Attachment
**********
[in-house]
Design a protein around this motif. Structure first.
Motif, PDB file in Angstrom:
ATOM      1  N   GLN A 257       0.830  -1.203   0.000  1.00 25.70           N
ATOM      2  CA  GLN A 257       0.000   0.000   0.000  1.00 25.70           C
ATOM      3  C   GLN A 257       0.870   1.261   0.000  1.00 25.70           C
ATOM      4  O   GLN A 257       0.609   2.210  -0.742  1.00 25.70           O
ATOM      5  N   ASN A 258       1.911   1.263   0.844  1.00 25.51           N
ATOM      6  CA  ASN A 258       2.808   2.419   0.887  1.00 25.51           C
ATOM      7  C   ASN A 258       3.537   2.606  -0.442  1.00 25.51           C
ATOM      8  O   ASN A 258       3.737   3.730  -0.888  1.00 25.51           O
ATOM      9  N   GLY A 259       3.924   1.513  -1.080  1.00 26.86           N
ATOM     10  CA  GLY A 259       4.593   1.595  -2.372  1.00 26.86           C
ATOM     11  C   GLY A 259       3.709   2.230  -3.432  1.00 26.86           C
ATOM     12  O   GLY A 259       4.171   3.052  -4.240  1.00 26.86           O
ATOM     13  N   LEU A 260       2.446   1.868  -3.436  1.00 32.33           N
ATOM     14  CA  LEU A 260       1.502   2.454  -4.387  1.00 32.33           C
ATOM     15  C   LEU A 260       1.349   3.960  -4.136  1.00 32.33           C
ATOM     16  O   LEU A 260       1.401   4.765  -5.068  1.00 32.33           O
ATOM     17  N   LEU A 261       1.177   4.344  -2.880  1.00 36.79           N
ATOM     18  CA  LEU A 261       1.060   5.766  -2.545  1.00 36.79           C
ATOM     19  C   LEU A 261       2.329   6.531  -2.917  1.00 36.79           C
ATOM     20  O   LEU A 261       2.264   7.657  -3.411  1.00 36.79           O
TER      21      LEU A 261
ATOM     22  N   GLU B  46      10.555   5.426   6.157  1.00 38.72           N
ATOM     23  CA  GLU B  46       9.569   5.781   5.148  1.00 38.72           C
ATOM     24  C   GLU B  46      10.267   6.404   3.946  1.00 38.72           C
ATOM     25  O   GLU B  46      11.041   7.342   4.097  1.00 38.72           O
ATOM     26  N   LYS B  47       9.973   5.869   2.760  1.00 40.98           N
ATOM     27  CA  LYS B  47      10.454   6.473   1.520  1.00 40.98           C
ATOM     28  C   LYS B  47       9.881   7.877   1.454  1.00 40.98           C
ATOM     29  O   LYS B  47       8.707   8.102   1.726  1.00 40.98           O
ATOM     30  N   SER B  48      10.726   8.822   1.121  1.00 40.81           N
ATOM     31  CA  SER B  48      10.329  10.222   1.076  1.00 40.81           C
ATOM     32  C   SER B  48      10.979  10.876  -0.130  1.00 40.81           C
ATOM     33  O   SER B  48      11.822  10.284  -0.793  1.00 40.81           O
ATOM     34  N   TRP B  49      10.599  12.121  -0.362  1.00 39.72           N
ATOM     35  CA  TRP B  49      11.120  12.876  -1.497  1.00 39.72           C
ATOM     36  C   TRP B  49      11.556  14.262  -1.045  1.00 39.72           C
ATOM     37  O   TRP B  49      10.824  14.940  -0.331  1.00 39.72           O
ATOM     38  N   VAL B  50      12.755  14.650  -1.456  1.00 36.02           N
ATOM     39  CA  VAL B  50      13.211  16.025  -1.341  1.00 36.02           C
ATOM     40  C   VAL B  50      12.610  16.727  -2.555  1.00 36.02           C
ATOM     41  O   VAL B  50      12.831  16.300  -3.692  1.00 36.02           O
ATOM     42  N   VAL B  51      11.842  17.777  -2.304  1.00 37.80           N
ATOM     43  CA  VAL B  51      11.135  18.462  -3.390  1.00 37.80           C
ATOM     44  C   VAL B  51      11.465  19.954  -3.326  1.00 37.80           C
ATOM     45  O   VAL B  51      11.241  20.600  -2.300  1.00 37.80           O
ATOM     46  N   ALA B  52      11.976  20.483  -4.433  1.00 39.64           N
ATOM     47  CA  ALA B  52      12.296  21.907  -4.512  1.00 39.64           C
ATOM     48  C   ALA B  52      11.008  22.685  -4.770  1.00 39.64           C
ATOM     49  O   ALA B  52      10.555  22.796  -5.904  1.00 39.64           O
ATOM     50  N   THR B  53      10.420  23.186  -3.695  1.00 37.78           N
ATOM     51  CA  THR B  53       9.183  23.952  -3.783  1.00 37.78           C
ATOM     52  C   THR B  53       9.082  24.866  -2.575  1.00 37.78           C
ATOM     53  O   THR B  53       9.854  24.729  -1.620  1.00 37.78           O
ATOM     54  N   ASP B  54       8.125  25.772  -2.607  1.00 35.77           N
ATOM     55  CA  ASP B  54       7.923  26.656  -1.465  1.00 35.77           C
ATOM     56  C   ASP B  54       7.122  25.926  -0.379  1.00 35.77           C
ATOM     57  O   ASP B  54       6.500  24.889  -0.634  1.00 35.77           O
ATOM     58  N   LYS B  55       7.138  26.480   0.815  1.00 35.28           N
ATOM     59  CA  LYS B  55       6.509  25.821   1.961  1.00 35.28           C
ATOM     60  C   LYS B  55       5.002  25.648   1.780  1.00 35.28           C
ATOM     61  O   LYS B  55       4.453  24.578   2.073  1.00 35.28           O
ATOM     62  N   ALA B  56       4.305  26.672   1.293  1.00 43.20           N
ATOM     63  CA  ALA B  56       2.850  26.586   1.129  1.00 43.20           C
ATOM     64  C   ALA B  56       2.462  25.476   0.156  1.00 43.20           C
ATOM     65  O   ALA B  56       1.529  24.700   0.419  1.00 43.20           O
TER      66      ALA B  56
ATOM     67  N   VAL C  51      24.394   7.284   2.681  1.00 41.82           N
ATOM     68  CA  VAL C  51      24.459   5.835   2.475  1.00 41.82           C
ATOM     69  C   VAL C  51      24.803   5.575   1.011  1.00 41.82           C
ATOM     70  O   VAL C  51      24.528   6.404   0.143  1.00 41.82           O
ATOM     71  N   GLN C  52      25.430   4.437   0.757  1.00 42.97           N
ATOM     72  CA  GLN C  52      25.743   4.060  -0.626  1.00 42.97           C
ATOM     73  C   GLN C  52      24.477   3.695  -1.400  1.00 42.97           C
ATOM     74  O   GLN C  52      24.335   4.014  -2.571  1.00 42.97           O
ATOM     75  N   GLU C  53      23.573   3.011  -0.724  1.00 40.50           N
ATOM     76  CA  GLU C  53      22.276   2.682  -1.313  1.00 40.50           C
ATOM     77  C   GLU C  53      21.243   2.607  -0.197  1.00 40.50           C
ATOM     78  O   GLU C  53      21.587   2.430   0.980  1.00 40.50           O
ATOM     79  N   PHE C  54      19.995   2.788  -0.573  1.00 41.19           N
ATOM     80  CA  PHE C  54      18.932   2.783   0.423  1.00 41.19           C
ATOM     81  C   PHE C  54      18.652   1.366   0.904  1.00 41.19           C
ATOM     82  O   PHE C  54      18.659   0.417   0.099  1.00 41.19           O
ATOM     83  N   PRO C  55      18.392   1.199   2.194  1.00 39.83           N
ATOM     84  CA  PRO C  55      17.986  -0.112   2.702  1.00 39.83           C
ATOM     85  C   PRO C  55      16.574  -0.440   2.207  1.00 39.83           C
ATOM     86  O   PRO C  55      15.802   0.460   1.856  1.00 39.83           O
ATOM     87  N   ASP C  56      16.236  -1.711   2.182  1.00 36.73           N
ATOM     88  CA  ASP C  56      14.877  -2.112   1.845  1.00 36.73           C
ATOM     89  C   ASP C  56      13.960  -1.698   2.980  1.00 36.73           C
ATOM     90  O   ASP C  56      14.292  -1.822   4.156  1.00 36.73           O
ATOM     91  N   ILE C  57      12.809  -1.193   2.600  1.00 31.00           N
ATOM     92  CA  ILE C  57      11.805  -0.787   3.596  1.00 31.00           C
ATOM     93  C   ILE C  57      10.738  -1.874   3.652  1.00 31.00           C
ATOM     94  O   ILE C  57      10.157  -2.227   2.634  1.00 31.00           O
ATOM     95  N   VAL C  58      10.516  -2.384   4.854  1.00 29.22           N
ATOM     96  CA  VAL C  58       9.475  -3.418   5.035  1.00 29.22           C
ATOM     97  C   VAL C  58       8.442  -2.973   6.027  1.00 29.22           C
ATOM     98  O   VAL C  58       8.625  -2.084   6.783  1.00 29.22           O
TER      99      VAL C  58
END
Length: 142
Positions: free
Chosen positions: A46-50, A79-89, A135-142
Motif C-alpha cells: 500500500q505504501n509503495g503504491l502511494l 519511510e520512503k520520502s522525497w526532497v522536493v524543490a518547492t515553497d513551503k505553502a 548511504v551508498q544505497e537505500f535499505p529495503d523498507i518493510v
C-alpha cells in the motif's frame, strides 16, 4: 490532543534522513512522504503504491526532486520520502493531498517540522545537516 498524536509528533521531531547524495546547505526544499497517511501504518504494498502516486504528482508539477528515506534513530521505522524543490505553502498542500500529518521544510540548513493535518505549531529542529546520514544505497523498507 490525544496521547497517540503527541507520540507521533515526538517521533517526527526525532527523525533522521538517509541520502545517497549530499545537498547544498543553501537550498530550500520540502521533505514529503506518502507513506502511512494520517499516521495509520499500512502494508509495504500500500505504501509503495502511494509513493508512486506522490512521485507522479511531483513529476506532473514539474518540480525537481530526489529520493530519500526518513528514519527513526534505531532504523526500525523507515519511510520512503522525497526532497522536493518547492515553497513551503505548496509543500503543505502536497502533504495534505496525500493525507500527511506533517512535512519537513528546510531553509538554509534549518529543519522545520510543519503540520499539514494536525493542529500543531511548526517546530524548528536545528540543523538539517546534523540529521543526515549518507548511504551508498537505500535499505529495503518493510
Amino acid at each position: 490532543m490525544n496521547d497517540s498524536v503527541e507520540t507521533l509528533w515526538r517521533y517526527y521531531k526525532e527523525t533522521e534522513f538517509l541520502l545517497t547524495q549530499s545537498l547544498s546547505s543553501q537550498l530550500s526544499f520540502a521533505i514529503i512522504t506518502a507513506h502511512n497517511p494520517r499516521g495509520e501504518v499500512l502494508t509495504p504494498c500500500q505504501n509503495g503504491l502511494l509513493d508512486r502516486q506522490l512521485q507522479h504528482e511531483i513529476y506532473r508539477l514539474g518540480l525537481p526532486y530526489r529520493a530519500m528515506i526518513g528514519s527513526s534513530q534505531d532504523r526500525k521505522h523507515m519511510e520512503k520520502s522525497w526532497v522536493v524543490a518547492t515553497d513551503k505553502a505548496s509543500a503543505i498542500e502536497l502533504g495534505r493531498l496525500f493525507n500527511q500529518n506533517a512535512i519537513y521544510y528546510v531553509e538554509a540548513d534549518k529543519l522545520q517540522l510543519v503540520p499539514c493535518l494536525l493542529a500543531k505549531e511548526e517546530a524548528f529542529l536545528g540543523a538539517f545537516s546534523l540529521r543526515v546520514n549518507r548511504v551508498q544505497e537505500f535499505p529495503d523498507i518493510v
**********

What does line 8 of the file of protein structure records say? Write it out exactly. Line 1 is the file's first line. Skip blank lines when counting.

ATOM      5  N   ASN A 258       1.911   1.263   0.844  1.00 25.51           N